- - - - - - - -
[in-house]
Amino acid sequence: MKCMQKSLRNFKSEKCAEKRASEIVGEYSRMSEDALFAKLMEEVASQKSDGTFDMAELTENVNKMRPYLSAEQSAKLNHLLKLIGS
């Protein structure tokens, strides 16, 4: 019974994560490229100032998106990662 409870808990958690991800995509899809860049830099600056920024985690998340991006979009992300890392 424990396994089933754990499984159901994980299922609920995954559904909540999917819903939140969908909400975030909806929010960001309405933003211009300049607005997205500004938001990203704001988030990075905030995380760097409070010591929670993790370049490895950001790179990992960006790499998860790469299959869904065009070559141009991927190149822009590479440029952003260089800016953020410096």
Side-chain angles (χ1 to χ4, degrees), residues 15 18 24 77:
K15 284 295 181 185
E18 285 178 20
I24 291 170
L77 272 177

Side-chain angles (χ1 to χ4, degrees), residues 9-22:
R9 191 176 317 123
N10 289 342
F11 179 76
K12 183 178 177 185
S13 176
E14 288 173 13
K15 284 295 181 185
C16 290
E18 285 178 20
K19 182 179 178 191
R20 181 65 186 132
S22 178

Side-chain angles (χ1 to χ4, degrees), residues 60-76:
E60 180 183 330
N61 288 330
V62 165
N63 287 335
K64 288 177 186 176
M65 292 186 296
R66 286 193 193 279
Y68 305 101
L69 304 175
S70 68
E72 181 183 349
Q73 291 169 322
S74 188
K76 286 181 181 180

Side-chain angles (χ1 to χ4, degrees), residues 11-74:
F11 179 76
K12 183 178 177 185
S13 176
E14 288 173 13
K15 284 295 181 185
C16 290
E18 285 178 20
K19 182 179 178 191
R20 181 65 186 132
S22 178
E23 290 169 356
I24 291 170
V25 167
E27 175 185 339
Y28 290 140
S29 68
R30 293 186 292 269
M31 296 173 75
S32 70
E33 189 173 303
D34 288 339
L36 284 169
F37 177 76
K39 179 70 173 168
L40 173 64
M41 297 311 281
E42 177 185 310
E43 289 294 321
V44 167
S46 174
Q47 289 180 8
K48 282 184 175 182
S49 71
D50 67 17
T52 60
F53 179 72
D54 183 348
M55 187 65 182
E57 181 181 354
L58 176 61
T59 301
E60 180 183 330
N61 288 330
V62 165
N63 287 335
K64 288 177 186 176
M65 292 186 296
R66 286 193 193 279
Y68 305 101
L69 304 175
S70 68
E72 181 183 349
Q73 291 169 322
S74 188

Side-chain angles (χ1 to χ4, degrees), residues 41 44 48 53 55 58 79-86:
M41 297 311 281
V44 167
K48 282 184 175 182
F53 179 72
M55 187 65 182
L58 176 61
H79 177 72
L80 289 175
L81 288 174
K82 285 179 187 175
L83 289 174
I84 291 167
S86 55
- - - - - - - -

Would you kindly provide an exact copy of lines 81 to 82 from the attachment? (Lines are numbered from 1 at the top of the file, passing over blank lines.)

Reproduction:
V62 165
N63 287 335